Wednesday, September 6, 2017

Michael Vincent Waller Continues to Explore his Rhetoric of Stillness

This Friday will see the release of Trajectories, the second album consisting entirely of music by Michael Vincent Waller, a composer currently based in New York City. The release is on Sean McCann’s Recital label, which is based in Los Angeles; and, as of this writing, is not aware of it. (Hopefully, that means “not yet.”) However, Bandcamp has created a Web page that supports paying for streaming, digital download, a physical CD, and, in a limited edition of 110 pressings, a vinyl album.

courtesy of the composer

I first became aware of Waller in the spring of 2015, back when I was writing for; and I did a piece about his first album, the two-CD release by XI Records entitled The South Shore (which is available from The liner notes for this album were by “Blue” Gene Tyranny, a major figure in the avant-garde movement of the second half of the twentieth century; and he has also provided the liner notes for Trajectories. However, my own impressions, while sympathetic to Tyranny’s background material, did not arrive at the same conclusions that he did.

In all fairness this was probably because both Tyranny and I were seeking precedents for Waller’s work; and, probably by virtue of our own different listening experiences, we arrived at different conclusions. Ultimately, however, I was less interested in “sounds-like” hypotheses, preferring instead to draw upon broader category labels. Ultimately, I settled on “rhetoric of stillness,” for which the strongest precedent could be found in much of the music that Brian Eno released on his Obscure label, perhaps with particular attention to Harold Budd.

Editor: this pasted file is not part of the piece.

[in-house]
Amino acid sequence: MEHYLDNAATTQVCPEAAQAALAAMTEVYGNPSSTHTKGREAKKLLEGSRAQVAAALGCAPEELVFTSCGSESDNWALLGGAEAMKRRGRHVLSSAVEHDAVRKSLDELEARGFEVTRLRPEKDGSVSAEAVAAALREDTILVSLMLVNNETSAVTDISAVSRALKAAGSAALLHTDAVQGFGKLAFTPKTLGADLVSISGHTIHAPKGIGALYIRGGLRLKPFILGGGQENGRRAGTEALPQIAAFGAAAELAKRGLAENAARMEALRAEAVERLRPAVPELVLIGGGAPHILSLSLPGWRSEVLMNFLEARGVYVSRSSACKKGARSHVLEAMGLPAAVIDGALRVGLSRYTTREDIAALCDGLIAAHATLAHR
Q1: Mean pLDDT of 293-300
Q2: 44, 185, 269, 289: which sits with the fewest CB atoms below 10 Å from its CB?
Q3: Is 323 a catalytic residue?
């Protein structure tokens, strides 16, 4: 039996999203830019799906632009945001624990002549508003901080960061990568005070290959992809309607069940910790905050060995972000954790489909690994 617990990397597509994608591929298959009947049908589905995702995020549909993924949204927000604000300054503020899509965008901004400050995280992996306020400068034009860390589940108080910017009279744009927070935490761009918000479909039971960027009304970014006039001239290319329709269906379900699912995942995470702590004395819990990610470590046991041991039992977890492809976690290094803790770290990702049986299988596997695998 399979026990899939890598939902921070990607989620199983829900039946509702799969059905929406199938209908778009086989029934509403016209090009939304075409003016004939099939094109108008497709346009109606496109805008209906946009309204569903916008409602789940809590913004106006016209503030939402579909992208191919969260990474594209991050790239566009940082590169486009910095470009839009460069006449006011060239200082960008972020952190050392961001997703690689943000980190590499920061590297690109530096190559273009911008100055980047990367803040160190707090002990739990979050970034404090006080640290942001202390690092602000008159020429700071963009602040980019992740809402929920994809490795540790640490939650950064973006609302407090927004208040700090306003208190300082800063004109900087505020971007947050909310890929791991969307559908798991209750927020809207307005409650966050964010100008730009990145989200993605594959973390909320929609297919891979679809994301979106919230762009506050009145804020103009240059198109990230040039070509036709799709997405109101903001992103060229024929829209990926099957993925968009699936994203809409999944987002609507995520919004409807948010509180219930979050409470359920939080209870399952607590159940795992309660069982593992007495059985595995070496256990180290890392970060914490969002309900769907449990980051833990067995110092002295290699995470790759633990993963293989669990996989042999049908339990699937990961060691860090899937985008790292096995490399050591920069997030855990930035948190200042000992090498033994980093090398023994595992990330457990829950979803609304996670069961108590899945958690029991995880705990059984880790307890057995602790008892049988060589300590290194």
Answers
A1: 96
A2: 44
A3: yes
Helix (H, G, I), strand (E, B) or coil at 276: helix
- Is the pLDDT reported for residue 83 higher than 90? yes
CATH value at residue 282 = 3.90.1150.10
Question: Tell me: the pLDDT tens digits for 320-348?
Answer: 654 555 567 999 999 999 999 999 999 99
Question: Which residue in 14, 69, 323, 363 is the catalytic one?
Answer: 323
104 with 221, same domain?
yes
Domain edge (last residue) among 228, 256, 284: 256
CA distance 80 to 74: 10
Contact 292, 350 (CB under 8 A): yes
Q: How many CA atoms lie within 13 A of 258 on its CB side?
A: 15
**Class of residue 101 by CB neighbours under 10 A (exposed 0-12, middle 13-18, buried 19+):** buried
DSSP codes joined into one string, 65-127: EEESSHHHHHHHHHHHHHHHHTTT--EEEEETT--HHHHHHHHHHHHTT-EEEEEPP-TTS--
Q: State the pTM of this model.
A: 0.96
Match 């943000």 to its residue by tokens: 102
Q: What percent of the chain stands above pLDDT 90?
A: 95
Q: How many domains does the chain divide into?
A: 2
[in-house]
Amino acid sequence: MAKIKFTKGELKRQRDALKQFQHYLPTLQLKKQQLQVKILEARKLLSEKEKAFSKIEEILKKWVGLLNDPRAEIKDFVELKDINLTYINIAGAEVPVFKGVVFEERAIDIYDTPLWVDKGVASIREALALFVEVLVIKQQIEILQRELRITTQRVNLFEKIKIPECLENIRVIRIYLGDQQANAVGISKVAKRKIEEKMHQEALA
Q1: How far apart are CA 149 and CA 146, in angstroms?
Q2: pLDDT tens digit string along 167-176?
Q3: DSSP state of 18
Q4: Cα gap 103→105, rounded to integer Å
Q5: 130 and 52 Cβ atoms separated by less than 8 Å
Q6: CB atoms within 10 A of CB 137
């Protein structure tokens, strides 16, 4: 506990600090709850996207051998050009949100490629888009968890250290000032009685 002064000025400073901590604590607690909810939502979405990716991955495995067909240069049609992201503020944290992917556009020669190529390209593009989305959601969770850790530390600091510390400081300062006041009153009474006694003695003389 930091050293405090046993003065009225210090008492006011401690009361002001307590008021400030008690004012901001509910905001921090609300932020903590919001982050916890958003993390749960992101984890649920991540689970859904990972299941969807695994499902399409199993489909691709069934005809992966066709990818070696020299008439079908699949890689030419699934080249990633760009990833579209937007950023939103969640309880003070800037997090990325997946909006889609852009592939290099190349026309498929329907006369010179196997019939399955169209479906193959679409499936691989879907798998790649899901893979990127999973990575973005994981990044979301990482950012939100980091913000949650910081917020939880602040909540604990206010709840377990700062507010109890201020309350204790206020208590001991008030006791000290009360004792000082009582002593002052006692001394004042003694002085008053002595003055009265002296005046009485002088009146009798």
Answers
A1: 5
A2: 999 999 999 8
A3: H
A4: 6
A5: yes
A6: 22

That rhetoric of stillness definitely continues to prevail on the new Trajectories release. The six compositions on the recording were all written in either 2015 or 2016; and, while there were some impressive approaches to instrumentation on The South Shore, all but two of the compositions on the Trajectories album are works for solo piano, played by R. Andrew Lee. The other two are duo compositions for cello (Seth Parker Woods) and piano.

Note that Waller’s quietude is not the same as John Cage’s silence. During a Q&A with Harvard University students when Cage held the Norton Chair there, Cage was asked about the origins of 4’33”. He explained that he realized that he was including more and more rests in pieces he was writing for solo piano. Those rests were intended to call awareness to those sounds that were not coming from the piano; and, ultimately, he had the courage to write a piece consisting only of those rests.

Waller is decidedly interested in the instrumental sounds themselves. Indeed, it is clear from this album that he has turned those interests to highly lyrical ends. Furthermore, through his studies with La Monte Young, Waller seems to have come to appreciate that every individual sound has the potential for lyrical qualities; so, as a composer, Waller comes off as seeking the lyricism of every moment that transpires during the act of making music. By way of comparison, one might think of that same almost microscopic attention that emerges from the improvisatory performances of Young in The Well-Tuned Piano and Terry Riley in The Harp of New Albion. However, for both Young and Riley, many of those moments arose through the uniqueness of intervals based on just intonation, while Waller has no trouble finding his moments in well-tempered intervals.

Nevertheless, I continue to prioritize rhetoric over more “technical” matters of logic and grammar when listening to Waller’s recordings. One does not have to look very far to find evidence that we are in an era of Days of Rage that may well be as serious as that time of violent protest against the presence of United States troops in Vietnam. When such rage comes to a head, stillness may be the only viable countermeasure, the necessary prerequisite to recovering our bearings with enough strength to begin thinking about solutions rather than propagating problems.

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